What to expect from this Thursday’s Bank of England MPC meeting

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9 May 2018

thomasdodds

Sterling slipped to a fresh four-month low against the resurgent US Dollar on Tuesday, as investors continued to bet that the Bank of England would keep interest rates on hold at its MPC meeting on Thursday.

F
inancial markets had been pricing in a near 90% probability of a May rate hike only a few weeks ago, after two members of the committee unexpectedly voted in favour of higher rates at the March meeting. Macroeconomic data in the UK since the then has, however, taken a significant turn for the worse. The recent high levels of inflation, undoubtedly one of the primary drivers behind the need for higher interest rates in the UK, have eased, while first quarter GDP growth, retail sales, earnings and the latest PMIs have all missed expectations. Bank of England Governor, Mark Carney, also dampened expectations further during a BBC interview in late-April, suggesting that policymakers at the BoE may be in no rush to raise rates again following the last hike in November.

Heading into tomorrow’s meeting, markets are pricing in around a 10% chance of a rate increase. Currency traders will potentially be looking for clues in the Inflating Report and Carney’s press conference that could suggest whether the process of policy normalisation is either put off for the foreseeable future, or merely temporarily delayed. We certainly err towards the latter and expect the central bank to keep its options open for an August hike, depending on a rebound in hard economic data.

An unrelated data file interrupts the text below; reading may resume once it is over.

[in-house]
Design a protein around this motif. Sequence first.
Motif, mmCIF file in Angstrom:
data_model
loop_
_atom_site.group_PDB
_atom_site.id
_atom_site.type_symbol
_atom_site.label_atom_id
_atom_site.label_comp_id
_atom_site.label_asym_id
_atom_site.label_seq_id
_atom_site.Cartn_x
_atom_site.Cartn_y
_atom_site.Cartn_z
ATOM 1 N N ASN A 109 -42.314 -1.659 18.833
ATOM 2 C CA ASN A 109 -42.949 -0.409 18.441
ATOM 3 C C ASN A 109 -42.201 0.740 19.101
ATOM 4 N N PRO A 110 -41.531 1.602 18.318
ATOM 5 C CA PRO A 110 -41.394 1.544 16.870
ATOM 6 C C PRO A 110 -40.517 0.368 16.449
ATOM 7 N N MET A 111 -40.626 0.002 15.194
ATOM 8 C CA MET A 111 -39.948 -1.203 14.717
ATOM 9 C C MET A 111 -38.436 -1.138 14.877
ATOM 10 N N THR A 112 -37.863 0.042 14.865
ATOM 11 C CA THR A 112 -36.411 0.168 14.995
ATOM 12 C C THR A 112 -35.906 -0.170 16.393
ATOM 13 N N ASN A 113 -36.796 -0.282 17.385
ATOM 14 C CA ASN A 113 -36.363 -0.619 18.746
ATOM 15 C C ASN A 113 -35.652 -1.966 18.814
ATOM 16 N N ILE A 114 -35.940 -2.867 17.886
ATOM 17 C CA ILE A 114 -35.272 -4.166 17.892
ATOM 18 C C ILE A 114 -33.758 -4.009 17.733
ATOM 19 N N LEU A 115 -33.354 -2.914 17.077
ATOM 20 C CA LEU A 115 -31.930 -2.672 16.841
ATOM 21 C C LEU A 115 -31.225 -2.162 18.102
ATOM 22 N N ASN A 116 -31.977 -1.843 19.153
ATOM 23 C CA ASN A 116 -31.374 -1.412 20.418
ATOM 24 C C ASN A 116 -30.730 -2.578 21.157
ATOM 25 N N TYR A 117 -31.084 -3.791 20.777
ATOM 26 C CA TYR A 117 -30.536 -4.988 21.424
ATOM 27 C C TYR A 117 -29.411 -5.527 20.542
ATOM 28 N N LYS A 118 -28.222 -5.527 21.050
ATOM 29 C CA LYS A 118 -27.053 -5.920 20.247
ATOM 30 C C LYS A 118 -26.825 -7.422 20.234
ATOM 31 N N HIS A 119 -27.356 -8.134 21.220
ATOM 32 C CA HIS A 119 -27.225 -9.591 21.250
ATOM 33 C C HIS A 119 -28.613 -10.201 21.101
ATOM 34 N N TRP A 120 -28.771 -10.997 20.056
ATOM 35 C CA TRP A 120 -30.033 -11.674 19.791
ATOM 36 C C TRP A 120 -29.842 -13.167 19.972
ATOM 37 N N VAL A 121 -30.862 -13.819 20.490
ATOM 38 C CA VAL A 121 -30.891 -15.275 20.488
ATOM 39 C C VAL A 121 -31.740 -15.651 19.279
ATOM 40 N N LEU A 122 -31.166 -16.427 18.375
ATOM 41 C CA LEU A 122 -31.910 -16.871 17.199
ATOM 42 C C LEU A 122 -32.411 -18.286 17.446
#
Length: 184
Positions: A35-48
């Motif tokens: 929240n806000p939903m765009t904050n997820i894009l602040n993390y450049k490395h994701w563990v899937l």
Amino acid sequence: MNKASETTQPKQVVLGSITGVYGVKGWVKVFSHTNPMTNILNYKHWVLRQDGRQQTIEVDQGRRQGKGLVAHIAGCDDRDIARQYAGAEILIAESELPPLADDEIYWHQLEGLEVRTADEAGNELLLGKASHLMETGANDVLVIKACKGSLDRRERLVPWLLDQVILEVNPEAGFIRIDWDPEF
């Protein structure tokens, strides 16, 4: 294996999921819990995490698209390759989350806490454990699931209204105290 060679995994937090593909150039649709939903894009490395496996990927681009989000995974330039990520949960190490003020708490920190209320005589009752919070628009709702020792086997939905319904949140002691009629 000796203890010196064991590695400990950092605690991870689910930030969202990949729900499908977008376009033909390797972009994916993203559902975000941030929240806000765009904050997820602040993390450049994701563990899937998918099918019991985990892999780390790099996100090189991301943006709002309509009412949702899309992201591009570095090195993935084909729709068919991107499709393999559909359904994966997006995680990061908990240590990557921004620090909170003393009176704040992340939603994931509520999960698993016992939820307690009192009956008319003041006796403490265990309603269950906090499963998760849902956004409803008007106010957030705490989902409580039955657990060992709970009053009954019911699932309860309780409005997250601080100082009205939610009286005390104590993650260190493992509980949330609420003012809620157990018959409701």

Italian snap election concerns send Euro to December lows

During London trading yesterday, the Euro continued on its recent march downwards, falling below 1.19 versus the USD for the first time since late-December. Investors continued to pile into the Dollar in the past few sessions, with a drop-off in economic activity globally causing investors to refocus on the widening in interest rate differentials between the US and almost every other country. Currency markets appeared unfazed by Donald Trump’s announcement yesterday that the US would be withdrawing from a nuclear deal with Iran.

An emergence in downside risk out of Italian politics has also caused some investors to rethink their long bets on the common currency. Italy’s two largest parties, the League and Five-Star Movement Party both opposed a proposition to rally behind a ‘neutral government’ on Monday, causing investors to fret that another snap election could be called in the Euro-area’s third largest economy.

With no major economic releases in either the Eurozone or US today, currency markets will await this evening’s monetary policy meeting from the Reserve Bank of New Zealand.